In this personnel report from the ACC championship game against Clemson, we see the Hokies’ two favorite personnel groupings: “10” and “20”, as they’re called in football lingo. As you can see, they rarely use a tight end. The two-back look was used often, but it’s a little deceptive. On most half of those plays, the second back — H-back Sam Rogers — aligned as a wide receiver. On several, he motioned into the backfield, but several times he stayed out wide, allowing Tech to present a four-wide look with three receivers.

Note the run rates as well. Unless both backs are in the game, Tech very rarely runs the ball. That could be a “give” for the Arkansas defense.

Tech will use a lot of motion to try and create matchups for its ineffective run game. Receivers carry the ball on speed sweeps several times per game.

Quarterback

  • Jerod Evans, 63.5% completions, 3,309 yards, 7.6 yards per attempt, 154 rushes, 903 yards, 5.9 yards per carry

Running Back

  • Travon McMillian, RB, 136 rushes, 637 yards, 4.7 yards per carry
  • Sam Rogers, FB, 65 rushes, 279 yards, 4.3 yards per carry

McMillian, a more traditional spread running back, has been ineffective, largely due to a weak offensive line.

Rogers acts as a fullback, slot receiver, H-back, and is also the running back when they go four-wides on third down. He’s on the field on about 90 percent of plays, compared to only about 60 percent for McMillian. Rogers gets about 8 to 10 touches per game, split evenly between carries and short receptions, but his main role is blocking, both on runs and screen passes.

Because of a lack of production from the backs, Tech has to run the ball with the quarterback frequently. Evans lacks breakaway speed, but is a physical runner. I’d put him somewhere between Tyrone Swoopes and Dak Prescott as a running quarterback, both in terms of style and talent.

Tech will also use a lot of motion. Rogers often starts as a slot receiver and motions into the backfield. Jet motion is common as well, and receivers carry the ball on speed sweeps quite a bit.

Receivers

  • Isaiah Ford, 132 targets, 1,038 yards, 7.9 yards per target
  • Cam Phillips, 90 targets, 868 yards, 9.6 yards per target
  • Bucky Hodges, 70 targets, 640 yards, 9.1 yards per target

Tech loves three-receiver personnel groupings, and these are the three. Ford is an all-around reliable target down the field. Phillips is the speedy slot man who is the generally fed the ball behind the line of scrimmage via screens or sweeps. At 6-foot-7 and 245 pounds, Hodges is a matchup nightmare. His hands aren’t great, but he’s scary to cover. He occasionally lines up as a tight end, but is generally split out.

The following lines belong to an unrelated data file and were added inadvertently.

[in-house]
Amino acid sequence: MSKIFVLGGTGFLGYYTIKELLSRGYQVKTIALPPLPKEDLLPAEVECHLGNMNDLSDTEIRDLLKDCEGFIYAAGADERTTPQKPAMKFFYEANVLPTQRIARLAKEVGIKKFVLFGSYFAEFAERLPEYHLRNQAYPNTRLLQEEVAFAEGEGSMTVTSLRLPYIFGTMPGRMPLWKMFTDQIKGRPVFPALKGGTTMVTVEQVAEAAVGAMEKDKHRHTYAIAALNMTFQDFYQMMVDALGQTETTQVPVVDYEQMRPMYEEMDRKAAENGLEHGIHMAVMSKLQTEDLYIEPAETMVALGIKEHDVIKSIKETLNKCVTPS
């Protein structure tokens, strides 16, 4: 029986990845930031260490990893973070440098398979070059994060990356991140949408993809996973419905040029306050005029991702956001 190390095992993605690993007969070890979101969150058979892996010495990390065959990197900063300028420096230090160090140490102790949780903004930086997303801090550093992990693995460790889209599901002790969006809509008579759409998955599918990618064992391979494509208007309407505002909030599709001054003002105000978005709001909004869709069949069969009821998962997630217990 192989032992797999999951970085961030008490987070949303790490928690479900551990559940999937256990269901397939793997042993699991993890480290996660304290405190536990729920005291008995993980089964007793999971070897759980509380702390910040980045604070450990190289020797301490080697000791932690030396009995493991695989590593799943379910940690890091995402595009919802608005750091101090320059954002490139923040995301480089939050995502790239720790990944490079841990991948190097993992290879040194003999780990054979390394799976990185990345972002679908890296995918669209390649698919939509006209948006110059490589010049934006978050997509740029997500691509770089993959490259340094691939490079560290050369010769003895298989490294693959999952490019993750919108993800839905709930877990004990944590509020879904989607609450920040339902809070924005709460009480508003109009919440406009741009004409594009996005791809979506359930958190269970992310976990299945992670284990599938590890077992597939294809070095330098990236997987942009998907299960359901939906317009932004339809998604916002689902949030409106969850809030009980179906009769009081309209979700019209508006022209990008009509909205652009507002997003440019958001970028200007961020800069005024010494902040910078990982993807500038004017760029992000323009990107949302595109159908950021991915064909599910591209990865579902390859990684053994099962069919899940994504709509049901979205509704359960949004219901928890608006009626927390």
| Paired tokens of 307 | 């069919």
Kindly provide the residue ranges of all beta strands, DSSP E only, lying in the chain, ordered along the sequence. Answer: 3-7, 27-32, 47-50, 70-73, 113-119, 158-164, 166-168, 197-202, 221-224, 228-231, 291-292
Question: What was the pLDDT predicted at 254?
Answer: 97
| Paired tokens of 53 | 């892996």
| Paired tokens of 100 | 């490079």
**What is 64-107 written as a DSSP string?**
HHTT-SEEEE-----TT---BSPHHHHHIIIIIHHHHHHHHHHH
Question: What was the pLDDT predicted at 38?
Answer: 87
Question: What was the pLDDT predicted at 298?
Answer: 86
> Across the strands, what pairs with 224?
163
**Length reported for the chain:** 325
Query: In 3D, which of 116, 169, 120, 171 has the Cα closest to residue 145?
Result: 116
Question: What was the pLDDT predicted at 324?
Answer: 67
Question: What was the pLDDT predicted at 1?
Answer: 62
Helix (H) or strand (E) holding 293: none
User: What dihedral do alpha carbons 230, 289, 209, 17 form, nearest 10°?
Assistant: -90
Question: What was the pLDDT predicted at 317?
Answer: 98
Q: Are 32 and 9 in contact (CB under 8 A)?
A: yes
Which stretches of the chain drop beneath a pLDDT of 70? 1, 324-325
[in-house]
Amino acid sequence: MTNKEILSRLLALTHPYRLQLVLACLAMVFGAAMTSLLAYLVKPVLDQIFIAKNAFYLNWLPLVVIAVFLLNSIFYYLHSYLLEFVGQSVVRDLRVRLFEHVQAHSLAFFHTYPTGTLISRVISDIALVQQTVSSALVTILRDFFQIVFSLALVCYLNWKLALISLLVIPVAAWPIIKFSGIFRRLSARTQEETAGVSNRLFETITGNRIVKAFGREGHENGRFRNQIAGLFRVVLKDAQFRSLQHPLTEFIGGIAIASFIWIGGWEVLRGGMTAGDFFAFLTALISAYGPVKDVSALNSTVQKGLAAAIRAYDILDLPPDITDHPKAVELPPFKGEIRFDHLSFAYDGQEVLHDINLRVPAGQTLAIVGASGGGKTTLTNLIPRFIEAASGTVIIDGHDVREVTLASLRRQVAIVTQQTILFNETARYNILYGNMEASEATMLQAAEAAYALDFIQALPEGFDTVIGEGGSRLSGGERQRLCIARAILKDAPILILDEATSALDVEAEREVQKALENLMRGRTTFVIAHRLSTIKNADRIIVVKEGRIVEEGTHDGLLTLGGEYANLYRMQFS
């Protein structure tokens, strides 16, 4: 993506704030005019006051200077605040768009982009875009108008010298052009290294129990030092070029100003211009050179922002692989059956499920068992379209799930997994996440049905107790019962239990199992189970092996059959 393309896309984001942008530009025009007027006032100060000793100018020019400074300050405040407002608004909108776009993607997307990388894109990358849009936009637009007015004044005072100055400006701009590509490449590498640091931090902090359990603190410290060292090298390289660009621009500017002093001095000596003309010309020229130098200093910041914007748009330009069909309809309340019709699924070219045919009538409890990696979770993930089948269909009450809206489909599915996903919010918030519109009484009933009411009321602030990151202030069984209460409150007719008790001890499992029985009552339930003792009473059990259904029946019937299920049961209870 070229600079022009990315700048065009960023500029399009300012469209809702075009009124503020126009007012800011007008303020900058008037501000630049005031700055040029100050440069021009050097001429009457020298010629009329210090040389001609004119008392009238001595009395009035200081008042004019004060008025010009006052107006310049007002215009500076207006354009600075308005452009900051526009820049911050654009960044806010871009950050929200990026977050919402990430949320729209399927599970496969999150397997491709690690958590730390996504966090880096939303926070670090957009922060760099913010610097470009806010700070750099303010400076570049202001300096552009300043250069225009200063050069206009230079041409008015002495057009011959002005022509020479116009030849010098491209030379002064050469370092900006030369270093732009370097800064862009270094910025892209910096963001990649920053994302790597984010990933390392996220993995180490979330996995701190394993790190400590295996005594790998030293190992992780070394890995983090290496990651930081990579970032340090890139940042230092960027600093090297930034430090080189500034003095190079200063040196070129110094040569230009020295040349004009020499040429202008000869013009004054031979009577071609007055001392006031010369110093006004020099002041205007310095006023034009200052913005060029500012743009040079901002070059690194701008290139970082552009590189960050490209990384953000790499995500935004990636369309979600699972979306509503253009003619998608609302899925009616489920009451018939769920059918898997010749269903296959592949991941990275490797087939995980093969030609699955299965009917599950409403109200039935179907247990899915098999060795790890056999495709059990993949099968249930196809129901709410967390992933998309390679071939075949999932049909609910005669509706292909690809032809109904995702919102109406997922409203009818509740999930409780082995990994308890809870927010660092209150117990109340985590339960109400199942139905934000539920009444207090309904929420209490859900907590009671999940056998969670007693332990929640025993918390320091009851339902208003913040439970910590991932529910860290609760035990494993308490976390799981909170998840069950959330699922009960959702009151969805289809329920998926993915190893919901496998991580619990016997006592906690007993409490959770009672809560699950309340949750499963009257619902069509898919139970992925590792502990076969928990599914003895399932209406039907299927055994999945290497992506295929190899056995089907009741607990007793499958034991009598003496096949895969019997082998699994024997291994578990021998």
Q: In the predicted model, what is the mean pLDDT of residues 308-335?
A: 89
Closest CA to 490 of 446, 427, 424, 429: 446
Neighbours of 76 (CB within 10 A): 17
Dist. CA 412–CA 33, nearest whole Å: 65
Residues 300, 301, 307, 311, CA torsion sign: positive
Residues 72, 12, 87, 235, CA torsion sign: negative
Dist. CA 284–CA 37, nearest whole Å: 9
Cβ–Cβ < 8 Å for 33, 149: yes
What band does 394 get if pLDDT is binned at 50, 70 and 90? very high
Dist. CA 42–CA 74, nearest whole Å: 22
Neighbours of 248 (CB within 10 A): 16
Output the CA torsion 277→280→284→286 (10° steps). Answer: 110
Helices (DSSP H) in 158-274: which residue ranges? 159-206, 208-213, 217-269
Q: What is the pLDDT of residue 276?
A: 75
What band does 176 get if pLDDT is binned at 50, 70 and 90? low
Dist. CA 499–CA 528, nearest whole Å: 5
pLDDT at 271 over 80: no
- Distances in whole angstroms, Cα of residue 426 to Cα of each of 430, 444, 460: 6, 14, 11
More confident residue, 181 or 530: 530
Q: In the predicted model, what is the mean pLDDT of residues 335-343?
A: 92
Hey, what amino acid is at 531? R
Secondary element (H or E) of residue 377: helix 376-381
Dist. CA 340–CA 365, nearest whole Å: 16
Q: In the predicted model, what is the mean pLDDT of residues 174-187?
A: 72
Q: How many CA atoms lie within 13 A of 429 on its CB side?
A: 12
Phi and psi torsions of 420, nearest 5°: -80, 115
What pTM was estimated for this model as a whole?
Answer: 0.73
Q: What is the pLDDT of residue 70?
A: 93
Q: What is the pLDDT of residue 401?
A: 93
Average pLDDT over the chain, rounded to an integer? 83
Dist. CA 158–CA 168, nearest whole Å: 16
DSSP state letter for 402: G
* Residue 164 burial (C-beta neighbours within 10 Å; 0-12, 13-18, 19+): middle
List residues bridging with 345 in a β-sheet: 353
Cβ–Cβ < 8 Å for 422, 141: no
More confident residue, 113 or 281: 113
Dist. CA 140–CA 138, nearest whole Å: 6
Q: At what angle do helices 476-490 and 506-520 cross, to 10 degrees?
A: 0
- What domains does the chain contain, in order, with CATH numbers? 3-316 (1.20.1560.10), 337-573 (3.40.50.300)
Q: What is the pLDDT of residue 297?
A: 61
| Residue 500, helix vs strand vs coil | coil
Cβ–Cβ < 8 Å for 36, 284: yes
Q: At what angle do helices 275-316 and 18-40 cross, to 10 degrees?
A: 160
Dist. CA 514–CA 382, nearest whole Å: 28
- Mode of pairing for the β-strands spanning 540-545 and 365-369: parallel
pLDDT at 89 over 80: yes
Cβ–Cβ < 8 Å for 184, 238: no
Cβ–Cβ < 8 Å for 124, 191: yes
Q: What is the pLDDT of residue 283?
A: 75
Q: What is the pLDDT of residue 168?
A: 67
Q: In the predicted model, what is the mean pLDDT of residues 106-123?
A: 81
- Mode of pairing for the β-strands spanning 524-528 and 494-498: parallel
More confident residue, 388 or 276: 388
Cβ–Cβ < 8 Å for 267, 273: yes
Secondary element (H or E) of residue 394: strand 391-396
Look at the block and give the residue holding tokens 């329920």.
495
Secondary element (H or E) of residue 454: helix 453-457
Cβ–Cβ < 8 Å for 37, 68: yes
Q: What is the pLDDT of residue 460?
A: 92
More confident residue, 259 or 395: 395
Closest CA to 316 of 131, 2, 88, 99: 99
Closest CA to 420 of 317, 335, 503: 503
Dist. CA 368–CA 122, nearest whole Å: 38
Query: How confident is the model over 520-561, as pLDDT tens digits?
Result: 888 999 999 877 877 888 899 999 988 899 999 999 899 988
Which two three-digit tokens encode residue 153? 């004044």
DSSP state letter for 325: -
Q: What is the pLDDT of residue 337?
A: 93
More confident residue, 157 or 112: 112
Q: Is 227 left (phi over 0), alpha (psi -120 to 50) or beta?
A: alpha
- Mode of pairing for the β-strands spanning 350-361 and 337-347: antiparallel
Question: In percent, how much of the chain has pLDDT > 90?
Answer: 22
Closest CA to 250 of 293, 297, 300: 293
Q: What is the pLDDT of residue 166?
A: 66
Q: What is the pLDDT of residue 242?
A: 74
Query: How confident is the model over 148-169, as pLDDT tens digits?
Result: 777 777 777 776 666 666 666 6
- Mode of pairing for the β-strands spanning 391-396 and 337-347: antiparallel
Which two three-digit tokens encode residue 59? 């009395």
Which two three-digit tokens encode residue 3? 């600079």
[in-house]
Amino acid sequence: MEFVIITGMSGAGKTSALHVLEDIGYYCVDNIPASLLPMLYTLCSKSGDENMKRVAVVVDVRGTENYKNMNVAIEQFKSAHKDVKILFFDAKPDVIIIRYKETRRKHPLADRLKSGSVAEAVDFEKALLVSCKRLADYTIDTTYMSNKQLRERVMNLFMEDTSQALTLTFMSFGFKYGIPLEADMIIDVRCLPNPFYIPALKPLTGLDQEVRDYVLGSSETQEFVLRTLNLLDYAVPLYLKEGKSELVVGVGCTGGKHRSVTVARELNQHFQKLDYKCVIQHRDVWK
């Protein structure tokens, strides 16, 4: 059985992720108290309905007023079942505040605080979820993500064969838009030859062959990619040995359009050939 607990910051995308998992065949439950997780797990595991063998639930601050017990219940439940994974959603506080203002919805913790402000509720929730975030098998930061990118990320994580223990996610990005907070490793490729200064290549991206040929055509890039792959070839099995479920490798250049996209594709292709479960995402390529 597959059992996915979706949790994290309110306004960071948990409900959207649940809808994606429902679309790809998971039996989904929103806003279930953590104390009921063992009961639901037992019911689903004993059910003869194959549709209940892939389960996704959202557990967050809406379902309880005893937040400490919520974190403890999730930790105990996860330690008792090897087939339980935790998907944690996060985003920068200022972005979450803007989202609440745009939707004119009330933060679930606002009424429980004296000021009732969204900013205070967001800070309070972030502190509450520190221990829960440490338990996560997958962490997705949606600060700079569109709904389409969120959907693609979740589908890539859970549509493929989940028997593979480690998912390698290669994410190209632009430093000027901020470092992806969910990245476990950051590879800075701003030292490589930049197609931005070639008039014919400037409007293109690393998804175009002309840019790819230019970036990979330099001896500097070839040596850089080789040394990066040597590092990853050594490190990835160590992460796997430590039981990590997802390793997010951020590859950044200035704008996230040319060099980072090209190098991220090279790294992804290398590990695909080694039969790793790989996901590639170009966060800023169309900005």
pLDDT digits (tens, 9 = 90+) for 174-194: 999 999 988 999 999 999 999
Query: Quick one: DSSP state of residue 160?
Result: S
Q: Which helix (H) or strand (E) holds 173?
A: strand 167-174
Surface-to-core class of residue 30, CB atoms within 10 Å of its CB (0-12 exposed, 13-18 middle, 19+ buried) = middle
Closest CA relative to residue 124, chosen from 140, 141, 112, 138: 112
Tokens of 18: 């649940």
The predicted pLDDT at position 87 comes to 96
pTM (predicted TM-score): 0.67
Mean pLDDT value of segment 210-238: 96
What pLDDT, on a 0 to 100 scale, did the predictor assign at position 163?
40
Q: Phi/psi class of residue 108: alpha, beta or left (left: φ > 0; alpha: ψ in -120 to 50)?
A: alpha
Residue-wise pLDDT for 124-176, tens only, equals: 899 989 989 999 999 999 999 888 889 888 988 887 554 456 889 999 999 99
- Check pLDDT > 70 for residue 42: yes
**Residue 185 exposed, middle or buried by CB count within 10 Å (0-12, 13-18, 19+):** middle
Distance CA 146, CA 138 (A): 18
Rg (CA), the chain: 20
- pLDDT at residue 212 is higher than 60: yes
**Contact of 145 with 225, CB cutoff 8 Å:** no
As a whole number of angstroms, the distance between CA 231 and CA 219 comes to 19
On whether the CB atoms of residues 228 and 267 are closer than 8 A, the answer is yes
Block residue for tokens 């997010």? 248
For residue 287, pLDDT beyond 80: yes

In the passing game, Evans often struggles if his first option doesn’t come open. He’s been sacked 28 times this season (almost as much as Allen, actually), usually after he has to come off his first option and he tries to scramble instead of going through his progression. Taking away his first option is a great way to throw off the Tech offense.

Keys to the game

  1. Stop the quarterback run game. Tech’s offense has a tendency to “go to sleep” for long periods of time, and this often coincides with Evans not being able to find running room. Arkansas has been burned by every quarterback with legs this season, so this is obviously a tall order.
  2. Hit some home runs in the run game. Tech doesn’t give up much by way of big plays, but against this defensive line, I’m not sure how much Arkansas can drive the ball. More big runs from Rawleigh Williams III and Devwah Whaley could play a big role.
  3. Flip the field. Neither team hits many big plays, so winning field position will be important. Toby Baker needs to have another good game, while Arkansas either needs to use turnovers or returns to set up some quality field position for the offense, while denying the Hokies good field position as well.